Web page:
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Bloomington man sentenced to 5 years for assaulting deputy

By Jessica Priest
Oct. 18, 2012 at 5:18 a.m.
Updated Oct. 19, 2012 at 5:19 a.m.

Pete Montalvo Baladez Jr.

A judge sentenced a Bloomington man to five years in prison Thursday for assaulting a Victoria County sheriff's deputy.

Pete Montalvo Baladez Jr., 35, pled guilty earlier this week.

Deputy Ernest Castillo, who has patrolled the area for the past 11 years, arrested Baladez on May 11 for unauthorized use of a motor vehicle. Castillo testified he discovered Baladez drunk in the middle of Edna Lane, his clothes wet and eyes half open.

He said Baladez told him he'd been thrown from a vehicle, which belonged to his cousin's girlfriend, but did not request medical attention.

And, when Castillo was later escorting Baladez from his patrol car into jail, Baladez became unruly. To control him, Castillo pushed Baladez up against a nearby elevator. That's when Baladez, who was handcuffed from behind, grabbed and squeezed Castillo's testicles, said Assistant District Attorney Edward Wilkinson.

"A lot of the times, these guys are trying to fall to the ground and harm themselves to make it more difficult to transport them," Wilkinson said before the hearing.

Defense attorney James R. Beeler said the judge was fair but had a different version of events.

He said Baladez was traveling in the car with his cousin on a beer run when it crashed on Black Bayou Road. He said when Baladez was walking home later, he was run over by a van. Beeler thinks Baladez' cousin accused him of stealing the car so he wouldn't get in trouble.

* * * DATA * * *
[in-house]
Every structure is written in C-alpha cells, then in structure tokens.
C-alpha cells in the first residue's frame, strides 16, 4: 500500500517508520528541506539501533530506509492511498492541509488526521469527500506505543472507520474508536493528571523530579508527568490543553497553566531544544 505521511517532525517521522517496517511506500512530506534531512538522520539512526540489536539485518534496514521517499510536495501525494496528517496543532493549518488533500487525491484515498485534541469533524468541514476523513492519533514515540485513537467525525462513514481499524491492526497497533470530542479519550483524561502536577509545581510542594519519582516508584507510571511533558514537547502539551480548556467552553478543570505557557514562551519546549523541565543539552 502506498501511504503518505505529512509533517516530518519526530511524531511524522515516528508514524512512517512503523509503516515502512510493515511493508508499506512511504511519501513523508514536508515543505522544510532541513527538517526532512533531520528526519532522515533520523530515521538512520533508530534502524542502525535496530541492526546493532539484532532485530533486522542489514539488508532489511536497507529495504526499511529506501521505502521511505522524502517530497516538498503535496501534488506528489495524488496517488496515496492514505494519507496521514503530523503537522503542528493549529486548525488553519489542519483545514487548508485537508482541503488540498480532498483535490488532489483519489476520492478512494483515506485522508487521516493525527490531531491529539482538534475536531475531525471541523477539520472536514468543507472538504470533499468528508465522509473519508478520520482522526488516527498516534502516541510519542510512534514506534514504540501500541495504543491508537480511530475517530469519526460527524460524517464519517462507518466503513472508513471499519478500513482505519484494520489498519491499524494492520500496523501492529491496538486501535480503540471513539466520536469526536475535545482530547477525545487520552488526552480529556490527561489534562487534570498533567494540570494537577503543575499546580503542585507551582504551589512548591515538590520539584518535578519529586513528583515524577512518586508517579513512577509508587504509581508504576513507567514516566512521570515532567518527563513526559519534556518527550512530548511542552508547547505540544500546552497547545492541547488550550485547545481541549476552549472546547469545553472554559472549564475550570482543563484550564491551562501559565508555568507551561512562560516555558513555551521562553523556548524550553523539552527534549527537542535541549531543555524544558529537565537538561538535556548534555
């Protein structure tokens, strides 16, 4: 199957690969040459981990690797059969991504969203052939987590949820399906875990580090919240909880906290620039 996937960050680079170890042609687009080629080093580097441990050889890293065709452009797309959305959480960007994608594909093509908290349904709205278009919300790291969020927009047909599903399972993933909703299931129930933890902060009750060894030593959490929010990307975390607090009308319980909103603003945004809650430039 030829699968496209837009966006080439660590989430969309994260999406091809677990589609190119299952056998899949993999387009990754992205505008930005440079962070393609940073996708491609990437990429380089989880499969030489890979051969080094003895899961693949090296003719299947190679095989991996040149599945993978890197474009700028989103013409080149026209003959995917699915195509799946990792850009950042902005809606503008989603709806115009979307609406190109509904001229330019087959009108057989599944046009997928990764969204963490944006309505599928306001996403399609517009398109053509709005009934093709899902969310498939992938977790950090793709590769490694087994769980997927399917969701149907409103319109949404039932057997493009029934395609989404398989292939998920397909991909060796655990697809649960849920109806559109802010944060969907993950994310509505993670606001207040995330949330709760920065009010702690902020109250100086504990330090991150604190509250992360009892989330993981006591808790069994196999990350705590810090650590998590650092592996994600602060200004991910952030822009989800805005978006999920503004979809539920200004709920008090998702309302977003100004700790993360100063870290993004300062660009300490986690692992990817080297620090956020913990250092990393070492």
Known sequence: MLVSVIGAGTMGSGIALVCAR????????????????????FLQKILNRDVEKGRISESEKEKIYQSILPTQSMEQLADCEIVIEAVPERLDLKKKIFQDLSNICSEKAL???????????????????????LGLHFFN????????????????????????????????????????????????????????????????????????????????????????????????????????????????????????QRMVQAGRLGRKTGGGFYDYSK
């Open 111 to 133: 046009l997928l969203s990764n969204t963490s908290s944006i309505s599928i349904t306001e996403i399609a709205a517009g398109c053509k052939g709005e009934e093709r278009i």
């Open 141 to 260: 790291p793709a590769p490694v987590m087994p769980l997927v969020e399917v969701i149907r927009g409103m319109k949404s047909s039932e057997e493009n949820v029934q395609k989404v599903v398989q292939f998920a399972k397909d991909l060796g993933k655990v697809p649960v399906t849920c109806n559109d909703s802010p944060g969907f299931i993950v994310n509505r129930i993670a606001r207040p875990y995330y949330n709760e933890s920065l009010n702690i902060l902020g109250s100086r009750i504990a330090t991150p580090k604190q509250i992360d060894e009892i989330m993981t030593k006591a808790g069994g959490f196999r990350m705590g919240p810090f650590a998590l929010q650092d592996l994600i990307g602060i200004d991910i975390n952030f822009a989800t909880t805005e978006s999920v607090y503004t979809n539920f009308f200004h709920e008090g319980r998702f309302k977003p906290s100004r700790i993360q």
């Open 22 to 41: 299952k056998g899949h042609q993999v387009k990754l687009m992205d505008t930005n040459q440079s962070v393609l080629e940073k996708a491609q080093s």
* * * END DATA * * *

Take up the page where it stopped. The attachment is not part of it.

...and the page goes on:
During the hearing, Beeler asked whether Baladez' actions were unreasonable.

"If he had some kind of injuries (from an accident) wouldn't your actions have irritated him?" he asked Castillo on the stand.

"I react to that person (based on) how they react to me," Castillo said, adding he didn't intend to hurt Baladez.

Castillo said it was a painful 30 seconds.

"A dog that's been run over is going to bite you even if he is a nice dog. It's just a natural thing," Beeler said later. "(The other officer with Castillo) didn't bother to jump in, so that would indicate that this was not a knock-down, drag-out fight."

Beeler also asked why there was no dashboard camera footage that would corroborate Castillo's statement that Baladez had threatened him. Castillo said it had been accidentally deleted from the sheriff's department database after 90 days.

Wilkinson said the sentence was appropriate.

The degree of force deputies use depends on the situation. Castillo, along with his colleagues, were also taught defense tactics, which include handcuffing and controlling prisoners, Chief Deputy Terry Simons said.

"We train officers to recognize what levels of force are, and they're trained to go at least one level higher in force than what their adversary is using ... so if it's a balled up fist, then you use an impact weapon. If they're using a weapon, you respond with more weapon," Simons said.

Baladez also was convicted in 1996 of aggravated assault with a deadly weapon.

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